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Minimum energy standards established for housing in assisted financing programs.

Michelle Foster
May 7, 2024

Energy Efficiency Standards Adopted for HUD- and USDA-Financed Housing

On April 26, 2024, HUD published their final energy standards determination in the Federal Register as required by the Energy Independence and Security Act of 2007 (EISA). EISA requires HUD and the USDA to set minimum energy standards for certain categories of housing financed or assisted by HUD and USDA.

The NGBS Green Team held a webinar for Verifiers and Clients on Thursday, May 30th. View the recording here. 

With this Notice, HUD and USDA adopt the 2021 IECC and ASHRAE 90.1-2019 as the minimum energy efficiency standards for EISA covered programs. The current energy baseline is the 2009 IECC. The Notice extends these minimum energy efficiency standards to programs not covered by EISA. The chart below is not comprehensive; it shows the programs used the most by our clients.

The Notice covers new construction only. Existing housing is not covered by the statute.

Table showing programs covered by EISA for HUD and USDA incentives

(click to enlarge)

Covered Housing

  • The 2021 IECC applies to new single family and low-rise multifamily housing and ASHRAE 90.1-2019 applies to mid- or high-rise multifamily (4+ stories). 
  • The largest single category of new housing likely to be impacted by the Notice is FHA-insured homes. Additional programs impacted by this Notice are FHA-insured multifamily programs; the HOME Investment Partnerships Program and Housing Trust Fund program; Section 202 and 811 Supportive Housing competitive grants, Rental Assistance Demonstration (RAD) housing; Public Housing Capital Fund, Choice Neighborhoods; USDA Section 502 direct or guaranteed loans and Section 523 grants. 
  • Excluded from the standards set in this Notice are programs not specified in the EISA statute (e.g., CDBG, CDBG-DR, CDBG-MIT, Indian Housing programs, Housing Choice Vouchers, Continuum of Care); and programs specified in the statute that no longer provide capital advances for construction (e.g., HOPE VI).

Compliance Cost & Benefits

The Notice contained extensive public comments and HUD analysis regarding estimated costs and benefits of compliance. This information is available in the Notice link above.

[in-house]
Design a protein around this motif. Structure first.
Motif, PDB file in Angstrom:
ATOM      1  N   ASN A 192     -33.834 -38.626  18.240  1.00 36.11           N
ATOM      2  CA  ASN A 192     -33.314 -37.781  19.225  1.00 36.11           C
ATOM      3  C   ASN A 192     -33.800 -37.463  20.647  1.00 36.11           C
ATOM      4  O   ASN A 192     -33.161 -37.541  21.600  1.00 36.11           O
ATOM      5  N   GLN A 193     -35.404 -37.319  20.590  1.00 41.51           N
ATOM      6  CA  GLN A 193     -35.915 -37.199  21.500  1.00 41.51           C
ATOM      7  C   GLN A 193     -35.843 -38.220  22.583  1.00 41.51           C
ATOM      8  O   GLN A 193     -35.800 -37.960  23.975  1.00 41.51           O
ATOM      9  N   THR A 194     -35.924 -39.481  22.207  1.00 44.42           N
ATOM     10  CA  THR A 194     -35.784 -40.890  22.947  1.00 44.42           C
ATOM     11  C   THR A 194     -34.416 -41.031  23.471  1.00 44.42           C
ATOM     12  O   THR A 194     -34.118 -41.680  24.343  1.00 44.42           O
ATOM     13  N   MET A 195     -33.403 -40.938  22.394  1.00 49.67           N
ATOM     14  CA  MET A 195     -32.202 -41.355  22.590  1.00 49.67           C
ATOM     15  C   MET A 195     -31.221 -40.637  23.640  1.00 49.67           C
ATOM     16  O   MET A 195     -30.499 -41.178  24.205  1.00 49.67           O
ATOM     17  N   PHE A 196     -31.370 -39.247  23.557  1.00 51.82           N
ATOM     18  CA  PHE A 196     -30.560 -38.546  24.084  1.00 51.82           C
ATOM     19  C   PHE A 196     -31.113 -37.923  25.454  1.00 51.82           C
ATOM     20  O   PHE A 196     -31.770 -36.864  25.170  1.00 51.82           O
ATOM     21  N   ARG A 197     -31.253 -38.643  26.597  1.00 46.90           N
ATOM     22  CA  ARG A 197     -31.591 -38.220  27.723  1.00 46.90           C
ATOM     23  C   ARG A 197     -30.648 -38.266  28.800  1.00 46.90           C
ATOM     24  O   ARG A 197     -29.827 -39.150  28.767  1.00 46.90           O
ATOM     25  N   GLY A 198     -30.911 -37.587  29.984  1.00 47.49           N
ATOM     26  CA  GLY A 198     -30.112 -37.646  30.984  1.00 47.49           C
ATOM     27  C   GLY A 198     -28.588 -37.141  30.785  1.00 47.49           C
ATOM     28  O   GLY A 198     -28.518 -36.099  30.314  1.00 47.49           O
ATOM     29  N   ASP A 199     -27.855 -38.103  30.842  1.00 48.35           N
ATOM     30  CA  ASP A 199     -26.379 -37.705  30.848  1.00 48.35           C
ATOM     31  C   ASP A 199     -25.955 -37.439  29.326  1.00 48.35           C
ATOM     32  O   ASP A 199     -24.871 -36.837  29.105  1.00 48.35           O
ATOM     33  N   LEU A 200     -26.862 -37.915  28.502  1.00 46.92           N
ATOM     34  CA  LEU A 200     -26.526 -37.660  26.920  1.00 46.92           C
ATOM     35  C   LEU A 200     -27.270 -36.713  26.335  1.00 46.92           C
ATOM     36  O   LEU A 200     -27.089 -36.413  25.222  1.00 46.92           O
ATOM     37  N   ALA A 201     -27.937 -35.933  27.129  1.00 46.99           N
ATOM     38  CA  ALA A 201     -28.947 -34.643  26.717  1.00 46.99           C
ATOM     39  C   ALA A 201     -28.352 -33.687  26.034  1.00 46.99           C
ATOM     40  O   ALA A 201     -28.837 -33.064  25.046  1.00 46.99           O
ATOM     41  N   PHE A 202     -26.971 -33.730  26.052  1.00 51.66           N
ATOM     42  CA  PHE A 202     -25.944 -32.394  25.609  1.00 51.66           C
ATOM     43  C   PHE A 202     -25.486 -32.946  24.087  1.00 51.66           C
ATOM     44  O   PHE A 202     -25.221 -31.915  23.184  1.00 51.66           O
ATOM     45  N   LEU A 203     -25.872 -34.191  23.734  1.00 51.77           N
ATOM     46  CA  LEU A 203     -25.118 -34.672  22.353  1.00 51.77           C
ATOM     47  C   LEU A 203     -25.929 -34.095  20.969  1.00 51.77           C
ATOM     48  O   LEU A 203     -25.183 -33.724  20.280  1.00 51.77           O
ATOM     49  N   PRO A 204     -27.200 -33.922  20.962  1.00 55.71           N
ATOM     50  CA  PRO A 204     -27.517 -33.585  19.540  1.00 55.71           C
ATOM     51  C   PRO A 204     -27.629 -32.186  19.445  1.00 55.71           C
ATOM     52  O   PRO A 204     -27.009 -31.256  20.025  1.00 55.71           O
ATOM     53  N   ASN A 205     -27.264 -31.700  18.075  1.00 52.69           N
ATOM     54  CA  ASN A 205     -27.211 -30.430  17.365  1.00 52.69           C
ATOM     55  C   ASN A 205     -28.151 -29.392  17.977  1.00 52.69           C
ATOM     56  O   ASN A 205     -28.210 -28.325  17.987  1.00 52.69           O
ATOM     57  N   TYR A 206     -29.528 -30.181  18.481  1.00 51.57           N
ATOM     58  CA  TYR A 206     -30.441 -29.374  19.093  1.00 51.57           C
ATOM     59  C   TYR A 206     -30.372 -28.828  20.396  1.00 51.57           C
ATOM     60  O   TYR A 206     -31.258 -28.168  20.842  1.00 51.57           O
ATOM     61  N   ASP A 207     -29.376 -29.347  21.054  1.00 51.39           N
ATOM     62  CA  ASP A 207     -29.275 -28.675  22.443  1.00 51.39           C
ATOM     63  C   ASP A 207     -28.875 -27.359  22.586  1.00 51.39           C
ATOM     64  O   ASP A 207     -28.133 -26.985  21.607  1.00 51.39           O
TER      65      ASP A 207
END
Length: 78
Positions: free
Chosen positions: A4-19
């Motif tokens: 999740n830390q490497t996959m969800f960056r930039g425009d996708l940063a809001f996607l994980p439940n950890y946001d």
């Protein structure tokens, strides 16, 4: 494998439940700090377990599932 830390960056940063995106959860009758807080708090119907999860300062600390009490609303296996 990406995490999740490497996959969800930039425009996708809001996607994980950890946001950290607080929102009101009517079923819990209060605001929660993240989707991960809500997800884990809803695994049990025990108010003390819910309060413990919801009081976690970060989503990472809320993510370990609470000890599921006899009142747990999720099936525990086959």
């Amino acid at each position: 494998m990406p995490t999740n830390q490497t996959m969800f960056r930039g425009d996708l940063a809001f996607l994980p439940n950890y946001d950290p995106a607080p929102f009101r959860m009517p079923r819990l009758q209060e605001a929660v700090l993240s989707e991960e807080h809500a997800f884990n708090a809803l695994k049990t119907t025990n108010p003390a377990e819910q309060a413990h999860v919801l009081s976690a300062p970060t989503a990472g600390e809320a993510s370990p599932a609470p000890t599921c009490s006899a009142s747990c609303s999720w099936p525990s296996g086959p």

Good to Know

  • 2024 IECC. HUD will accept the 2024 IECC or future editions of IECC, as an alternative compliance path for the 2021 IECC, contingent on a final determination from DOE that the 2024 IECC meets or exceeds the performance of the 2021 IECC.
  • HUD accepted ENERGY STAR for Homes version 3.2 and DOE ZERH SF Version 2 as a pathway for compliance. For multifamily, HUD accepted ENERGY STAR Multifamily New Construction version 1.2 and DOE ZER Multifamily 2.0 for compliance.
  • HUD rejected the HERS rating as an alternative to 2021 IECC compliance.
  • HUD stated that they would “accept a green building standard certification as a compliance pathway upon submission and approval by the agencies of evidence that the 2021 IECC and ASHRAE 90.1-2019; ENERGY STAR SF New Construction Version 3.2 certification or Version 1.2 for Multifamily New Construction certification; or DOE Zero Energy Ready Homes Single Family Version 2 or Multifamily Version 2 have been established as minimum requirements.”

Obviously, the last bullet is key for NGBS Green certification, but the HUD wording appears incomplete. I believe HUD was trying to state that a green building certification, such as NGBS Green, would be accepted as an alternative compliance if it is equivalent or equal to the 2021 IECC [my words, not HUD’s]. The NGBS Green team has asked HUD to confirm our interpretation and to understand what process is required for HUD to make a formal determination. Our analysis demonstrates that NGBS Green at the Silver certification level is equivalent to the 2021 IECC. Below is a list of resources that detail how the 2020 NGBS is equivalent to the 2021 IECC.

When Maryland recently adopted the 2021 IECC with NGBS Green at the Silver level, DOE accepted this as an equivalent for purposes of inflation Reduction Act (IRA) funding. Our goal is for HUD to do the same.


The Notice applies the new minimum energy efficiency standards to programs not covered by EISA, such as the Green MIP. This program offers an incentive of the reduced mortgage insurance premium for buildings that earn a green certification such as NGBS Green, which currently requires a performance level above the current HUD minimum energy requirements – HUD has not stated if they will revise the minimum energy efficiency requirements above the new 2021 IECC baseline.

What is the Bottom Line

Verifiers and clients should review all projects pre-drywall that set their initial 2020 NGBS Green certification goal at Bronze to perform a gap analysis to see if a Silver level certification is possible and at what cost. The design team may elect to not change the certification level they are seeking, but we know it is always more cost effective to consider these changes earlier than later. As shown above. multifamily buildings are expected to comply with the new energy baseline starting roughly May 25, 2025.

NGBS / 2021 IECC Comparison Documents

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